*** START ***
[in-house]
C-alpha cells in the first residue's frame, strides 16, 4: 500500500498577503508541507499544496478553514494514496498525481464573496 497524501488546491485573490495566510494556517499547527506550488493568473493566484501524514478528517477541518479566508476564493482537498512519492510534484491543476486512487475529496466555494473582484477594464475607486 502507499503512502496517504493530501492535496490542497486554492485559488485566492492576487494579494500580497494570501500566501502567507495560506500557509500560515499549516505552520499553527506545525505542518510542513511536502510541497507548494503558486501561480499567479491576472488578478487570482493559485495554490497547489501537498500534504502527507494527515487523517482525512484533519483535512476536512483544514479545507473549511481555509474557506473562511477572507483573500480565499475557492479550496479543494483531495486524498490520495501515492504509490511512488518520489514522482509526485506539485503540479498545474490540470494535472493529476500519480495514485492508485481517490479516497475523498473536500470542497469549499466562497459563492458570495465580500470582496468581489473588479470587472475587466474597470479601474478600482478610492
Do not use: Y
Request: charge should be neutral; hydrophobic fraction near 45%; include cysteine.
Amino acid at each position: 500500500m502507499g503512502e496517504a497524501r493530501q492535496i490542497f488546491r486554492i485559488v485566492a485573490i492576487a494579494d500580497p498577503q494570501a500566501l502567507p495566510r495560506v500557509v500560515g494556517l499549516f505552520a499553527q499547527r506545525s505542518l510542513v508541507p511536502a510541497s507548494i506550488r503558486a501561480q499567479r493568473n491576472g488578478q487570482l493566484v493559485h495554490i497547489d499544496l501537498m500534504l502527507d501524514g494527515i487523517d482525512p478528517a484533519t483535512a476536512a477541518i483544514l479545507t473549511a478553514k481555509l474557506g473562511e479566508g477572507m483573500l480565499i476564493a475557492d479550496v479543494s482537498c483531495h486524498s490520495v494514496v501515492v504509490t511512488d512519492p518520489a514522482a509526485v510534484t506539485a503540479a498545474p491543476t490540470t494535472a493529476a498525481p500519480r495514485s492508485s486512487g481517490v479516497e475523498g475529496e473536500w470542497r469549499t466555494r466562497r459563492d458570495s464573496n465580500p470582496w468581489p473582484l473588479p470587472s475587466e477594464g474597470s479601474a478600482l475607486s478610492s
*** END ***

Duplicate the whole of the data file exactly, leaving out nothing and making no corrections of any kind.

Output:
[in-house]
C-alpha cells in the first residue's frame, strides 16, 4: 500500500498577503508541507499544496478553514494514496498525481464573496 497524501488546491485573490495566510494556517499547527506550488493568473493566484501524514478528517477541518479566508476564493482537498512519492510534484491543476486512487475529496466555494473582484477594464475607486 502507499503512502496517504493530501492535496490542497486554492485559488485566492492576487494579494500580497494570501500566501502567507495560506500557509500560515499549516505552520499553527506545525505542518510542513511536502510541497507548494503558486501561480499567479491576472488578478487570482493559485495554490497547489501537498500534504502527507494527515487523517482525512484533519483535512476536512483544514479545507473549511481555509474557506473562511477572507483573500480565499475557492479550496479543494483531495486524498490520495501515492504509490511512488518520489514522482509526485506539485503540479498545474490540470494535472493529476500519480495514485492508485481517490479516497475523498473536500470542497469549499466562497459563492458570495465580500470582496468581489473588479470587472475587466474597470479601474478600482478610492
Do not use: Y
Request: charge should be neutral; hydrophobic fraction near 45%; include cysteine.
Amino acid at each position: 500500500m502507499g503512502e496517504a497524501r493530501q492535496i490542497f488546491r486554492i485559488v485566492a485573490i492576487a494579494d500580497p498577503q494570501a500566501l502567507p495566510r495560506v500557509v500560515g494556517l499549516f505552520a499553527q499547527r506545525s505542518l510542513v508541507p511536502a510541497s507548494i506550488r503558486a501561480q499567479r493568473n491576472g488578478q487570482l493566484v493559485h495554490i497547489d499544496l501537498m500534504l502527507d501524514g494527515i487523517d482525512p478528517a484533519t483535512a476536512a477541518i483544514l479545507t473549511a478553514k481555509l474557506g473562511e479566508g477572507m483573500l480565499i476564493a475557492d479550496v479543494s482537498c483531495h486524498s490520495v494514496v501515492v504509490t511512488d512519492p518520489a514522482a509526485v510534484t506539485a503540479a498545474p491543476t490540470t494535472a493529476a498525481p500519480r495514485s492508485s486512487g481517490v479516497e475523498g475529496e473536500w470542497r469549499t466555494r466562497r459563492d458570495s464573496n465580500p470582496w468581489p473582484l473588479p470587472s475587466e477594464g474597470s479601474a478600482l475607486s478610492s